Council Discussion Heats Up Over Anti-Discrimination BillA heated discussion over sexual orientation tonight left some city leaders and community members fuming over their beliefs.
A heated discussion over sexual orientation tonight left some city leaders and community members fuming over their beliefs. The state voted down Senate bill 2252 last Thursday. The bill would have added sexual orientation to the list of banned discriminatory practices -- protecting gays, lesbians and bisexuals from getting fired and evicted from their homes. City council supported this legislation in a vote six to one. But since the bill was voted down at the state level, supporters of this bill want to enforce the policy locally and some community members believes it infringes on their rights.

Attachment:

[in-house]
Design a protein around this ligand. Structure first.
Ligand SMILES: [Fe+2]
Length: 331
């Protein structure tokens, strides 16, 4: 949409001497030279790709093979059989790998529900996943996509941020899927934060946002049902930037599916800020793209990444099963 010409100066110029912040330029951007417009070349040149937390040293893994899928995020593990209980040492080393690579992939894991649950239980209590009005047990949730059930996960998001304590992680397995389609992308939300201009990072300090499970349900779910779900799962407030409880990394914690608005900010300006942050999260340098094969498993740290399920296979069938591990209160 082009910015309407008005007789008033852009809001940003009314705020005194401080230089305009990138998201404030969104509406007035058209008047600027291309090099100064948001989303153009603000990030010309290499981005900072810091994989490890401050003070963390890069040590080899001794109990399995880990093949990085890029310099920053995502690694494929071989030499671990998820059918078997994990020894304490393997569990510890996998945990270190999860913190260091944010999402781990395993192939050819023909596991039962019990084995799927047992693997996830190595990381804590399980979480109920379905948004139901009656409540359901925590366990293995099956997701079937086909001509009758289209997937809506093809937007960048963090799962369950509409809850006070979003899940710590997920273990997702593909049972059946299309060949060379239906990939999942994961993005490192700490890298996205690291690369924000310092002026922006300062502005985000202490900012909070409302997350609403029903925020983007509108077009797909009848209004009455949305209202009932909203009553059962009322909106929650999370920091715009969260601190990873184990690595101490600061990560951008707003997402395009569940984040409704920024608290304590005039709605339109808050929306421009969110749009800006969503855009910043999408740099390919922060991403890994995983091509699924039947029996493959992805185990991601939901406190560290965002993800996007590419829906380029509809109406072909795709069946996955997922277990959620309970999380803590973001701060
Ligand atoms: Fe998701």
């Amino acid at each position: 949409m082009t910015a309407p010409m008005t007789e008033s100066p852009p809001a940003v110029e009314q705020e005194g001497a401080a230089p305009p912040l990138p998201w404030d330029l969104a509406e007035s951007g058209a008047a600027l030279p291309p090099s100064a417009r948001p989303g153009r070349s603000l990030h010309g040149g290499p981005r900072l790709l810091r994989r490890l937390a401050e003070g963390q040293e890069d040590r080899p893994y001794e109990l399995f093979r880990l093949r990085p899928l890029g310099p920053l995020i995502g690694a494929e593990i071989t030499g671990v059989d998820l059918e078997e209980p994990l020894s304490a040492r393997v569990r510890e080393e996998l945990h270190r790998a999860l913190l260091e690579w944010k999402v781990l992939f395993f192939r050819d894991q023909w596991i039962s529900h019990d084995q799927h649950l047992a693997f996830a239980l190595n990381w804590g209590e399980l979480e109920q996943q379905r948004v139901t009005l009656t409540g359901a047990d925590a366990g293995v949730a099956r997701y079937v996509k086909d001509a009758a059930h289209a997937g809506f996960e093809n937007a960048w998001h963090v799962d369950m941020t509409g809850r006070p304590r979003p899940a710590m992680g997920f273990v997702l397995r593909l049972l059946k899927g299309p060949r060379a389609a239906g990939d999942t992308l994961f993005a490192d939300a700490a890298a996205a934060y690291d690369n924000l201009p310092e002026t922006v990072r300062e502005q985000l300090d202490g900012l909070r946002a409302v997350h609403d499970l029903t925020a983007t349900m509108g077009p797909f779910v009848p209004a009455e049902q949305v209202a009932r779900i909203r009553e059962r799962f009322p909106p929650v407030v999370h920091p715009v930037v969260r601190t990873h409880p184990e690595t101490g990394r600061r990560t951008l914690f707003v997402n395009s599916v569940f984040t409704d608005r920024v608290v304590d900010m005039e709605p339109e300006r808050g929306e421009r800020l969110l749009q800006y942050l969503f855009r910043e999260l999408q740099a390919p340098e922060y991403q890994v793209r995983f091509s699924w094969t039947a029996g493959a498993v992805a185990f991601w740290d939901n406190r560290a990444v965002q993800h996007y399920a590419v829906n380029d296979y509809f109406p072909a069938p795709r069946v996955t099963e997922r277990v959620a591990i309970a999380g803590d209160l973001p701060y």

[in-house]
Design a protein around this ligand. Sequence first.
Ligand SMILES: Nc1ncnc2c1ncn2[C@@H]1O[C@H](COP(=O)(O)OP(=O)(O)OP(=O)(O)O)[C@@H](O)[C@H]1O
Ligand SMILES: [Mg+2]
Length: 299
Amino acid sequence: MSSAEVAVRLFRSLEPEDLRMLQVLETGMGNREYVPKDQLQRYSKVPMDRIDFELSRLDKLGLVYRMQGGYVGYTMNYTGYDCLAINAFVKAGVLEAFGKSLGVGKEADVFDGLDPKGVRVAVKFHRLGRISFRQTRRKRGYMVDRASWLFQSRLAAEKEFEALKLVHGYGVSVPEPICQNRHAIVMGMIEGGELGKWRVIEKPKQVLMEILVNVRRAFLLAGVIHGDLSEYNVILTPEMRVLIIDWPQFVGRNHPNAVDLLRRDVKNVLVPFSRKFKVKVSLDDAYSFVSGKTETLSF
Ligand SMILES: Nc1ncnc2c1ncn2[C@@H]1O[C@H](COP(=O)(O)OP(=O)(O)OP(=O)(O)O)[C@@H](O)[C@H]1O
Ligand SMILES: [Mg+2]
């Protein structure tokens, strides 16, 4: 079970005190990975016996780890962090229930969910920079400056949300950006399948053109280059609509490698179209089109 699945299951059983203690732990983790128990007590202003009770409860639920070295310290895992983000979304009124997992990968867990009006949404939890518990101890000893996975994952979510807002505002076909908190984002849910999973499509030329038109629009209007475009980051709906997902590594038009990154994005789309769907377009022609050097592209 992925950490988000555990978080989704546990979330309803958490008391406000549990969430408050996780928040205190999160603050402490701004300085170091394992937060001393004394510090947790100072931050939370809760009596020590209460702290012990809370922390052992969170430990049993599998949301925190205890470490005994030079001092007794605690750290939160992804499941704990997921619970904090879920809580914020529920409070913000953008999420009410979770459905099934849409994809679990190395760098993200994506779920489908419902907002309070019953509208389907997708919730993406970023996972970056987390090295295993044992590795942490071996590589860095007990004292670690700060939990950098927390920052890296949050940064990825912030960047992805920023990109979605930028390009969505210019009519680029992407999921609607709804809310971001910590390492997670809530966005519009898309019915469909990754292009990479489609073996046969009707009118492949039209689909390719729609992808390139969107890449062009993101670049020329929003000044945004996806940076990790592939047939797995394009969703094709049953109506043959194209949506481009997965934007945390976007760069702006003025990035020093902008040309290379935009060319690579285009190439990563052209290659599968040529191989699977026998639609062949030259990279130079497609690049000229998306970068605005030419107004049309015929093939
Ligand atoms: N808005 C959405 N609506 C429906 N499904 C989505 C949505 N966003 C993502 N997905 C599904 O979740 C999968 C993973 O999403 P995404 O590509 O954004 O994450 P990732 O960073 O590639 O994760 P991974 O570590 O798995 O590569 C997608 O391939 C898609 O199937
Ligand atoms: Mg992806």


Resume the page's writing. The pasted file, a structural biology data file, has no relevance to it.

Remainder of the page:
The majority of city councilmen believe it's an issue over treating people fairly. Councilman Dana Sande, "It's actually hard to believe but we still live in a time where not everyone is treated the same." The only councilman to dissent the resolution, Terry Bjerke says he doesn't like the way the law is currently written so he doesn't want to add to it.
Bjerke: "You do take away property rights you do take away economic rights you do take away religious rights when you mandate things like this." Other community members agree.
Keith Becker, Grand Forks Pastor, "I think that's what the state legislators did is they thought about the contentions with the first amendment."
Paul Nelson, "I think passing a resolution is intruding on the rights of our business people."
Councilman Weber believes eventually the state will add sexual orientation to the list. Weber, "At some point we will come to a state where we can no longer even imagine why this would have even been legal to discriminate against individuals?"
The city will continue its discussions like it does with any other issue -- talk about it in a committee then bring it to council -- and see if there is any way to enforce such legislation.